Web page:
eror Lewis of Bavaria; and the liberty of Rome was “” is.”
acknowledged by her two sovereigns, who accepted a municipal office
in the government of their own metropolis.
In the first moments of rebellion, when Arnold of Brescia had in-
flamed their minds against the church, the Romans artfully Addresses
laboured to conciliate the favour of the empire, and to re- †.
commend their merit and services in the cause of Caesar. "
The style of their ambassadors to Conrad the Third and Frederic the
First is a mixture of flattery and pride, the tradition and the connam,
ignorance of their own history.” After some complaint of ***

Nicholas de Jamsilla (p. 592), the monk of Padua (p. 724), Sabas Malaspina (l. ii.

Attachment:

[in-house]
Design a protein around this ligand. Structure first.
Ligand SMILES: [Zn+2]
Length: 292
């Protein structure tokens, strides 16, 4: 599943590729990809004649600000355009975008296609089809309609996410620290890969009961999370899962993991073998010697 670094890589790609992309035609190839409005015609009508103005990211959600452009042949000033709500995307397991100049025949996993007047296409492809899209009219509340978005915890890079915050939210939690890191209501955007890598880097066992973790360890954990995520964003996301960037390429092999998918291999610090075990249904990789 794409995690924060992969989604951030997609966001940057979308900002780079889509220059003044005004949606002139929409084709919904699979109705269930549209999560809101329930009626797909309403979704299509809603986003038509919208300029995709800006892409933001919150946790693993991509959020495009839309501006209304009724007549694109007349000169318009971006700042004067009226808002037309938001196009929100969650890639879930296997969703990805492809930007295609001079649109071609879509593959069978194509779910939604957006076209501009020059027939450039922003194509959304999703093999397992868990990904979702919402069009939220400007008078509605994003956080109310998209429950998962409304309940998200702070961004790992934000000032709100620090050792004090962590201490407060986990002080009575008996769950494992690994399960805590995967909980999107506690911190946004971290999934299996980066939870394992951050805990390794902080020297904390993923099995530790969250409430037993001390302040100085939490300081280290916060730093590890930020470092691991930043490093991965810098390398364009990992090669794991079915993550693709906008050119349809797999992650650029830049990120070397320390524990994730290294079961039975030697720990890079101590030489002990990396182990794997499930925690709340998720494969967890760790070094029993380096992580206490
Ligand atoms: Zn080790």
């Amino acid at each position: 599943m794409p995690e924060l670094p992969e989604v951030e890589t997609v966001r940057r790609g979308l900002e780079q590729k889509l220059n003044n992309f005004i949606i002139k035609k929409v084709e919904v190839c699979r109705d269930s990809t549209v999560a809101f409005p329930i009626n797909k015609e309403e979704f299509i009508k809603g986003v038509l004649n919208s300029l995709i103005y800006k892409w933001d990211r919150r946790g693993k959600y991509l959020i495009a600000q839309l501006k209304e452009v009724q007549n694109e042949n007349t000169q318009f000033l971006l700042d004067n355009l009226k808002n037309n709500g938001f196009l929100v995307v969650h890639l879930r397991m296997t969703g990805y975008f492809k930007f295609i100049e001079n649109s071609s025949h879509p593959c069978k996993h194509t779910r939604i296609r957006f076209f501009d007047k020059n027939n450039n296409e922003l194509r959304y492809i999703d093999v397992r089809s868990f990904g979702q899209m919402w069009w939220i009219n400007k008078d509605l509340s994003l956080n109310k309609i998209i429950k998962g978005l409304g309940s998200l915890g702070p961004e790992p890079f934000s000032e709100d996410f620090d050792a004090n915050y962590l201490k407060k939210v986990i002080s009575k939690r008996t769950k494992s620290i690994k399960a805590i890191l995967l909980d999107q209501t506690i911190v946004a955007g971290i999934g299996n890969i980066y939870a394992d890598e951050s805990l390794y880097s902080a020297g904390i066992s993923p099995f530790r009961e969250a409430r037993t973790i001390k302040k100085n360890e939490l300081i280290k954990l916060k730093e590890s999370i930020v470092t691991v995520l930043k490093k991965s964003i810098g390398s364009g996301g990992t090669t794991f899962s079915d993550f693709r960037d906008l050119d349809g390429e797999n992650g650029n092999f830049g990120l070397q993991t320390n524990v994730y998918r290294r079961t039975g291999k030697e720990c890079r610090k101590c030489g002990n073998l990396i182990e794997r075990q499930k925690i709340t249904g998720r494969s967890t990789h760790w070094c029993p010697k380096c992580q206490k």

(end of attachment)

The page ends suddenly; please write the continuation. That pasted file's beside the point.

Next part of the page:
c. 9, p. 808), and Ricordano Malespini (c. 177, p. 999).
* The high-sounding bull of Nicholas III., which founds his temporal sovereignty
on the donation of Constantine, is still extant; and as it has been inserted by Boniface
VIII. in the Serte of the Decretals, it must be received by the Catholics, or at least
by the Papists, as a sacred and perpetual law.
* I am indebted to Fleury (Hist. Ecclés. tom. xviii. p. 306) for an extract of this
Roman act, which he has taken from the Ecclesiastical Annals of Odericus Raynaldus,
A.D. 1281, No. 14, 15.
* These letters and speeches are preserved by Otho bishop of Frisingen (Fabric.
Biblioth. Lat. med. et infim. tom. v. p. 186, 187), perhaps the noblest of historians:
he was son of Leopold marquis of Austria; his mother, Agnes, was daughter of the
emperor Henry IV.; and he was half-brother and uncle to Conrad III. and Frederic I.
He has left, in seven books, a Chronicle of the Times; in two, the Gesta Frederici I.,